Final Cut Pro – Creating Burned-in Timecode of your Sequence
Burning in timecode is laborious and time-consuming. Unless you know this tip.
Need to output a sequence with burned-in timecode matching your sequence for clients or producers to review? Piece of cake. There are two timecode filters in Effects > Video filters > Video.
Timecode Reader reads the timecode of your source material and can be dropped on a clip in the viewer or timeline. However, it only shows the timecode of your source video.
Timecode Generator creates timecode from zero or a preset start time (for example, 01:00:00:00). The most useful way to use this is on the timeline. However, if you drop the timecode generator on a clip or range of clips, it automatically restarts timecode at the start of each clip.
Hmm… what to do, what to do.
You could nest the clips — but, I discovered a faster way that doesn’t involve nesting.
Go to the Generator menu in the lower-right corner of the Viewer > Video tab and select Slug. Edit the slug to the top track of your timeline and select it. Apply the Timecode Generator filter to the slug. Double-click the slug to load it into the Viewer and make whatever changes to the settings are necessary, for instance, here I changed the hour to start at 1.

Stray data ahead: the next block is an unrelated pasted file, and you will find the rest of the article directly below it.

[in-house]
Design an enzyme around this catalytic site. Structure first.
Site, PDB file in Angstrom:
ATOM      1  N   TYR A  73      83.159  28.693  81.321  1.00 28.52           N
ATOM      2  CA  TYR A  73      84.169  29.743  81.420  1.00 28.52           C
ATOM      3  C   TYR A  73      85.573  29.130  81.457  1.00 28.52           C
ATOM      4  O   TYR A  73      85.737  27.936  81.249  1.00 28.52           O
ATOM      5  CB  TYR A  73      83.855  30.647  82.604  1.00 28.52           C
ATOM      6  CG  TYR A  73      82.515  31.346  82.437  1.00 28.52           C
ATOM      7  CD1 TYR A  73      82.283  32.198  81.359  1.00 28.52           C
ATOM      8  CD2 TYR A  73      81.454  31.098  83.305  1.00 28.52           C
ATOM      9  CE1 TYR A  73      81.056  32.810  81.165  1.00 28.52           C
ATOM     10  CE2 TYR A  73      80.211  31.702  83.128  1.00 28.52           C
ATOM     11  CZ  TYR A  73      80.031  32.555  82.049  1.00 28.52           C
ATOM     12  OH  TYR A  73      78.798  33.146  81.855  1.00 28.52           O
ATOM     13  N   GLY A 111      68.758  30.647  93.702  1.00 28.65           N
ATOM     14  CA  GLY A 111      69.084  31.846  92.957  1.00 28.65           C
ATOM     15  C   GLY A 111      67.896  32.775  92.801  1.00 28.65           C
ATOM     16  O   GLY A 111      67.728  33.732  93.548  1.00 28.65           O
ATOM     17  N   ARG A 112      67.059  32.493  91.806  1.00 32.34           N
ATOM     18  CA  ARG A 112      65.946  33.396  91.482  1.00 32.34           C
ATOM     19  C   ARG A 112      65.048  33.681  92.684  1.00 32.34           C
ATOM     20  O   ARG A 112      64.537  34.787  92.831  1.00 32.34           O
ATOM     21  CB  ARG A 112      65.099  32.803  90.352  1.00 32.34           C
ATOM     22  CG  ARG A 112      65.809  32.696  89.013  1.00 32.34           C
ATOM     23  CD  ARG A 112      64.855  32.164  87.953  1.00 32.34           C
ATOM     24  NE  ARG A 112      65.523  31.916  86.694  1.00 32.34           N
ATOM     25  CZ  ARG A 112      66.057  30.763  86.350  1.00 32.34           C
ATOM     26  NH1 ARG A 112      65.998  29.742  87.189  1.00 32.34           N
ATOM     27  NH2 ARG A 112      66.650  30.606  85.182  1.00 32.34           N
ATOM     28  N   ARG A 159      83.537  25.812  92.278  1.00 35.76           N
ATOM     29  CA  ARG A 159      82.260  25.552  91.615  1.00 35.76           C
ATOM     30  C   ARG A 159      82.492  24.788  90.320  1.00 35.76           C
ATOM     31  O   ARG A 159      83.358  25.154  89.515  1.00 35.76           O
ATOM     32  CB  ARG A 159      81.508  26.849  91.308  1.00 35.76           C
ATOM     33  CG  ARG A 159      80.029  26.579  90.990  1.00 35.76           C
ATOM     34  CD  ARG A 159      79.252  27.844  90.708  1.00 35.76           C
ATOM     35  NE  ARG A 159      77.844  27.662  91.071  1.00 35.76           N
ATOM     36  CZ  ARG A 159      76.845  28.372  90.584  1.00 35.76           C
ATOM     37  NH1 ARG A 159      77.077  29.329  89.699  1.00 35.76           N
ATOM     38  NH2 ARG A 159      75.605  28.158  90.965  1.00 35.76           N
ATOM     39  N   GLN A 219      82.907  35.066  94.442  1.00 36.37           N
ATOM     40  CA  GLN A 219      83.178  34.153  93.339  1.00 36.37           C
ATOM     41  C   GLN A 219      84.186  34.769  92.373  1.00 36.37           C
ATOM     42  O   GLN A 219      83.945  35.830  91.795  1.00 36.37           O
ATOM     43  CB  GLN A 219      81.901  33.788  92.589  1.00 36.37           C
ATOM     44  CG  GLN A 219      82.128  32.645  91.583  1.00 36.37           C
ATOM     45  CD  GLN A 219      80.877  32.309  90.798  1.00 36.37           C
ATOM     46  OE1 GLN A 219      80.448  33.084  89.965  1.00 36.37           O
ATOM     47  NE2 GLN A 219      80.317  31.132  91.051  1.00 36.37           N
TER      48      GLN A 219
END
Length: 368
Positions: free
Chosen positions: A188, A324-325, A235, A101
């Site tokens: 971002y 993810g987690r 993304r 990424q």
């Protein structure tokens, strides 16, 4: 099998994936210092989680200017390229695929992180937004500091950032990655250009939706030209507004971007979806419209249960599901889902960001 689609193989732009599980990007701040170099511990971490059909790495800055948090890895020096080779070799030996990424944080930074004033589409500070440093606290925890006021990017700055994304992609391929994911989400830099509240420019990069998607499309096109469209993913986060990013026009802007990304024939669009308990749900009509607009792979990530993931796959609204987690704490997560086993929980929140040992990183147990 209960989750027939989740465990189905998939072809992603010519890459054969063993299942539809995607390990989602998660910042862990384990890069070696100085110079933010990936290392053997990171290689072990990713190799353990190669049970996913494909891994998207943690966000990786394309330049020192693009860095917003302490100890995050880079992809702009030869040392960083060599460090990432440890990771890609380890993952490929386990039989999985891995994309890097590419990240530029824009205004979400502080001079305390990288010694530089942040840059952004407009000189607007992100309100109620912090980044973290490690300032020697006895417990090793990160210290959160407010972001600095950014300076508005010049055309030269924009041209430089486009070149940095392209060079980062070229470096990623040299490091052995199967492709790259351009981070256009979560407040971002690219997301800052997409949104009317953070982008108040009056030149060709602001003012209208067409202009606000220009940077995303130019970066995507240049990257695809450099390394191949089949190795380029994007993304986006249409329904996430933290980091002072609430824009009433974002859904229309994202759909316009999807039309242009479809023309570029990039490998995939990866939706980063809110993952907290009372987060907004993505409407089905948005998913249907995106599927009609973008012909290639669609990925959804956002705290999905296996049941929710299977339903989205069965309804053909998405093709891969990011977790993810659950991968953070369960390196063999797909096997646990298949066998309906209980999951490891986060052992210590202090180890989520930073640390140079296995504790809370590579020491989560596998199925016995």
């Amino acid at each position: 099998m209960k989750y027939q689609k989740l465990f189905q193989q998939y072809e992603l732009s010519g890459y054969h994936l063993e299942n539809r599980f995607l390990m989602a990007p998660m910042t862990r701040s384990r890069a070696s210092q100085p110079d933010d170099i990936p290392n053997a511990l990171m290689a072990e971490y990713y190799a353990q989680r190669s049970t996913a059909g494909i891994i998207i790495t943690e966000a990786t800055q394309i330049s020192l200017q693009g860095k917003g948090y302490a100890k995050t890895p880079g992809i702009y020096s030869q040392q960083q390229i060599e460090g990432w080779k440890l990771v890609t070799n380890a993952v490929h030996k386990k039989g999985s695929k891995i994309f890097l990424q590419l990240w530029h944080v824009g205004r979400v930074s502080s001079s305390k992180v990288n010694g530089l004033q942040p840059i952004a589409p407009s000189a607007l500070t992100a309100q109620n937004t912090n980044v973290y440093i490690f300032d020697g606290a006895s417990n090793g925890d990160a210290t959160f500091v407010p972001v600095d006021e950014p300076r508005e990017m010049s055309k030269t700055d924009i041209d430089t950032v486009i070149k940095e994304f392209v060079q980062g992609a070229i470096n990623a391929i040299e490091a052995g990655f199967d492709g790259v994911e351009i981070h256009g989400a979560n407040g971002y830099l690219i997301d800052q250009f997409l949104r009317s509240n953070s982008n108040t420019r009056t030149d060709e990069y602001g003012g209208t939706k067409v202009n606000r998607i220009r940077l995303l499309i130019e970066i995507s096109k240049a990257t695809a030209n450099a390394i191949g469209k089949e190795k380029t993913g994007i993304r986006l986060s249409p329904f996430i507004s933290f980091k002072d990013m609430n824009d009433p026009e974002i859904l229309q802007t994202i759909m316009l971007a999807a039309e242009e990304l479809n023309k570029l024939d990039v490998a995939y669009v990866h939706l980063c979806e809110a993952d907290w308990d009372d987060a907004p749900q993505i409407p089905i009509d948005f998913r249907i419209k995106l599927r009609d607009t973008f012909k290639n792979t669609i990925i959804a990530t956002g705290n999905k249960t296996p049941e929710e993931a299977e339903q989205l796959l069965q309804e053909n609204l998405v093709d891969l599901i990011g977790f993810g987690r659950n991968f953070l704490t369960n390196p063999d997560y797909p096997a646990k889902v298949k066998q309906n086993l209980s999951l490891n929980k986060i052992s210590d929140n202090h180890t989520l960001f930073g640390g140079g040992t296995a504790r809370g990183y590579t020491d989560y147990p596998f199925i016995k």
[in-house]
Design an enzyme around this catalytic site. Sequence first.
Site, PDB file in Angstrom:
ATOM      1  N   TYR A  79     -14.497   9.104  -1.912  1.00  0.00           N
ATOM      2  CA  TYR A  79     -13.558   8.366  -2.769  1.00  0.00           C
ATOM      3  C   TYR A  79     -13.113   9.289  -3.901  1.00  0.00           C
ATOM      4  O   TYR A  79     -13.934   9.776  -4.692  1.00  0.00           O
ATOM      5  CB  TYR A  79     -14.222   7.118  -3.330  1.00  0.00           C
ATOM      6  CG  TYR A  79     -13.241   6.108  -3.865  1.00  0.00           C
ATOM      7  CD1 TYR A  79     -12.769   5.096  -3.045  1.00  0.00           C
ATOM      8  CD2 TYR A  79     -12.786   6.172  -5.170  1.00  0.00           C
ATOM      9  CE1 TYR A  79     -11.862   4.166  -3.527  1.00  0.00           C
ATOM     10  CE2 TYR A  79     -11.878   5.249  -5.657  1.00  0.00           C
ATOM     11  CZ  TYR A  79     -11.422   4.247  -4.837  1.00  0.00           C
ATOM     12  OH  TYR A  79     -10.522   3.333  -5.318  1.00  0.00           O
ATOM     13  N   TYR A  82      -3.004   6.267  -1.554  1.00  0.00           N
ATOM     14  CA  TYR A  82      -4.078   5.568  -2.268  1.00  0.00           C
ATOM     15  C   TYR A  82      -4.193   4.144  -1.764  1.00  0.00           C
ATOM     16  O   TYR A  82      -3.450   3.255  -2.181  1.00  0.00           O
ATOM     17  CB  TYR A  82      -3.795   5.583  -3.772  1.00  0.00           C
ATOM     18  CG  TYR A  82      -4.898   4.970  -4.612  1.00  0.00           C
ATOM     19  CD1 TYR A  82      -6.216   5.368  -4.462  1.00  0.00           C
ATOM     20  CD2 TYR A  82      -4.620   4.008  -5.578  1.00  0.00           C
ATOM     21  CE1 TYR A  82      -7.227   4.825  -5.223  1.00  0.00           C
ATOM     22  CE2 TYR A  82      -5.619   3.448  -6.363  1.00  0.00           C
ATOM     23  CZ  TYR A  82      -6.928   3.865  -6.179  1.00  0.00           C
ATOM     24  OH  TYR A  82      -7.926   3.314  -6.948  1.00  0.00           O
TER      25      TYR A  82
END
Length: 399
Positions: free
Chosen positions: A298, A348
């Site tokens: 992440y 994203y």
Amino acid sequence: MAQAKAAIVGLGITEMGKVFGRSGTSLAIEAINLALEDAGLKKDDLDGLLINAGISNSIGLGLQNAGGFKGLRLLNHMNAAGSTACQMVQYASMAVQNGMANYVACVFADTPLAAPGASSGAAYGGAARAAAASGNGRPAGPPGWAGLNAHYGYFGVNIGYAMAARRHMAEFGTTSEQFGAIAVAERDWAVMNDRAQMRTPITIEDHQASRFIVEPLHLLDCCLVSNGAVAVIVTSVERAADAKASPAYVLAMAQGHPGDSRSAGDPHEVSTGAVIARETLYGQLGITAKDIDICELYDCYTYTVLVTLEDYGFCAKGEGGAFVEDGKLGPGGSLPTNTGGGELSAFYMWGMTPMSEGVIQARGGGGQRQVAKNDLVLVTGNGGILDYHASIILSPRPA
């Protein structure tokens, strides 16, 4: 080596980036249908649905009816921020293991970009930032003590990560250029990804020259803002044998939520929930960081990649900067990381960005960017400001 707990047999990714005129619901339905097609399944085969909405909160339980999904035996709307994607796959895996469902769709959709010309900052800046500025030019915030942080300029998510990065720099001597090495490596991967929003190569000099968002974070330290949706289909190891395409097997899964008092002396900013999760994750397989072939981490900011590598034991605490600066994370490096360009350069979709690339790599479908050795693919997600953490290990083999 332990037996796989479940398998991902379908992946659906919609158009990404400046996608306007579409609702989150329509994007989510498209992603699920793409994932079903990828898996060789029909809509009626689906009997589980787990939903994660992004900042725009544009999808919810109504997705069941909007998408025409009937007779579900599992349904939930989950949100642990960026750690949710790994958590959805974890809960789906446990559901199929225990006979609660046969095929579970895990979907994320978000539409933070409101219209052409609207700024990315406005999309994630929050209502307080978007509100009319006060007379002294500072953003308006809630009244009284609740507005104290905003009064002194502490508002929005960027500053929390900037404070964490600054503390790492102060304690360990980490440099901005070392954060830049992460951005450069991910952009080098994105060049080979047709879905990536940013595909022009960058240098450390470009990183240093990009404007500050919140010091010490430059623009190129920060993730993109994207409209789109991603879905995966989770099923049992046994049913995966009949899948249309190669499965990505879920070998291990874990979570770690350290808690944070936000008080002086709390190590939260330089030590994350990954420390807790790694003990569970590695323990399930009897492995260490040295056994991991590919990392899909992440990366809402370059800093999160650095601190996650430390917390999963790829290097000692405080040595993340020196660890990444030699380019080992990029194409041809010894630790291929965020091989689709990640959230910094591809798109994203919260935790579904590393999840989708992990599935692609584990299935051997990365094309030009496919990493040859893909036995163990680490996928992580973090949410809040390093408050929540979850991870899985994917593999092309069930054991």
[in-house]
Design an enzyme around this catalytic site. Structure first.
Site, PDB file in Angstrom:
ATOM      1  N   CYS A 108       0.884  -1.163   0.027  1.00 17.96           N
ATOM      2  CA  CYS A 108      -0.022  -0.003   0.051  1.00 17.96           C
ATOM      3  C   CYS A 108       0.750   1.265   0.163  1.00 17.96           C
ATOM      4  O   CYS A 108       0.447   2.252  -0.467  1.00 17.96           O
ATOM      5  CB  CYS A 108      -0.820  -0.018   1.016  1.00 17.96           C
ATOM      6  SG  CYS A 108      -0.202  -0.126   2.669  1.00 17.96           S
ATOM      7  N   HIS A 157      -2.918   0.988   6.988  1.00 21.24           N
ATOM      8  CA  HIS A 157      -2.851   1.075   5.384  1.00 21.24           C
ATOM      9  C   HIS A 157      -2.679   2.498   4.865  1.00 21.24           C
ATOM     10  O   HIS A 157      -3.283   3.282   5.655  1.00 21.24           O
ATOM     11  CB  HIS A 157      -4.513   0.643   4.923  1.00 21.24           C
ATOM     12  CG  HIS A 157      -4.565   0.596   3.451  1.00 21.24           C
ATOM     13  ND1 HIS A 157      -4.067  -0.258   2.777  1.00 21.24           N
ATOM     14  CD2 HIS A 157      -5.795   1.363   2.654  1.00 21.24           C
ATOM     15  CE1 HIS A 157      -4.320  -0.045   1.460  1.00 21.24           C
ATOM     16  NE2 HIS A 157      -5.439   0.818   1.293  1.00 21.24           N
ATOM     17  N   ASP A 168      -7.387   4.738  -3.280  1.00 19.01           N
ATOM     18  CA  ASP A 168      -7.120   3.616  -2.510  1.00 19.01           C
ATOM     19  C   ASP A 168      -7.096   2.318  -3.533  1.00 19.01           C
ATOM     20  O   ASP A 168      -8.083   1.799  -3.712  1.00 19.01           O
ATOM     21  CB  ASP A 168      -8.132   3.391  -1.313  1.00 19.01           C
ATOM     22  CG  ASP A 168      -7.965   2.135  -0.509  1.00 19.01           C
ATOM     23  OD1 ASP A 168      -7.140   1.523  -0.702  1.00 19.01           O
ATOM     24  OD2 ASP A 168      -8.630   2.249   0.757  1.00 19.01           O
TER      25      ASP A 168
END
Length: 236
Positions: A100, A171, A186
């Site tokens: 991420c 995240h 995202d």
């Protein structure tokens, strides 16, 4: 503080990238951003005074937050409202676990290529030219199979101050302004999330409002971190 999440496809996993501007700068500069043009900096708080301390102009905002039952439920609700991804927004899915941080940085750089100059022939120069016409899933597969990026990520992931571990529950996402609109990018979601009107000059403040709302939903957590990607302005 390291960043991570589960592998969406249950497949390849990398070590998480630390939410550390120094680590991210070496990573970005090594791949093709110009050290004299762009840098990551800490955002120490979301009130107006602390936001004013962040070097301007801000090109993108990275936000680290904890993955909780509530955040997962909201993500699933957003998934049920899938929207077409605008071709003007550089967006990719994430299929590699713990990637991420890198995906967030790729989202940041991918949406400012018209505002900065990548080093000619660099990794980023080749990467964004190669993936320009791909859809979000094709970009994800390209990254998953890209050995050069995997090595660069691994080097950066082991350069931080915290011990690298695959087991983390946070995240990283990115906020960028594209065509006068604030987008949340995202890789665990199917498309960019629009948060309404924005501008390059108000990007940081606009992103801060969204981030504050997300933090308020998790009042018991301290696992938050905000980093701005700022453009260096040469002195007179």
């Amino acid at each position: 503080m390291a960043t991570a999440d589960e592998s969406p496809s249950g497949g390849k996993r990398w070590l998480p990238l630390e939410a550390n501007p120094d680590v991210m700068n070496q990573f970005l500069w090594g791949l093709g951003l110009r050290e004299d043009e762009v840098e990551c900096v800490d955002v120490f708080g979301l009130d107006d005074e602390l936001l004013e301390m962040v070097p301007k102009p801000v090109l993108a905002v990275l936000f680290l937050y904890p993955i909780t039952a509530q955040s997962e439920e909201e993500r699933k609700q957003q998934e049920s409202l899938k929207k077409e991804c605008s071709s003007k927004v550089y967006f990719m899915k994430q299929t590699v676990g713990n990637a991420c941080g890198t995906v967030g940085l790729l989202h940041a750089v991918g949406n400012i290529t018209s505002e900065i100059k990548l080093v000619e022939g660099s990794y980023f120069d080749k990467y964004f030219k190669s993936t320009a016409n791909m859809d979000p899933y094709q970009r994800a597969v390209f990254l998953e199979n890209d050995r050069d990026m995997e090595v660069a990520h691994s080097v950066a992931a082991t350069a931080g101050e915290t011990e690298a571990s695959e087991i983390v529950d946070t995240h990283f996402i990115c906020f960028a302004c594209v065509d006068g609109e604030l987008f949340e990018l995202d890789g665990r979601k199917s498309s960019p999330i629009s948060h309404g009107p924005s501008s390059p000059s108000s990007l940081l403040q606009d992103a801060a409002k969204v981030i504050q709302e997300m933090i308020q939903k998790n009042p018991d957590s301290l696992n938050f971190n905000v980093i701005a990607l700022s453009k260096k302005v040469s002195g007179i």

(You can extend the length of the clip more than two minutes by typing the new value in the Duration timecode box in the top left of the Viewer.)
Then, and here’s the magic, with the slug still selected, apply Modify > Composite Modes > Screen.
Voila! Instant burned-in timecode — much faster than keying the clip. All you need to do now is render and output.
Extra credit: If you need a slug longer than about ten minutes, change the Still/Freeze Frame duration in “Final Cut Pro > User Preferences > Editing tab” prior to creating the slug.
Courtesy of Larry Jordan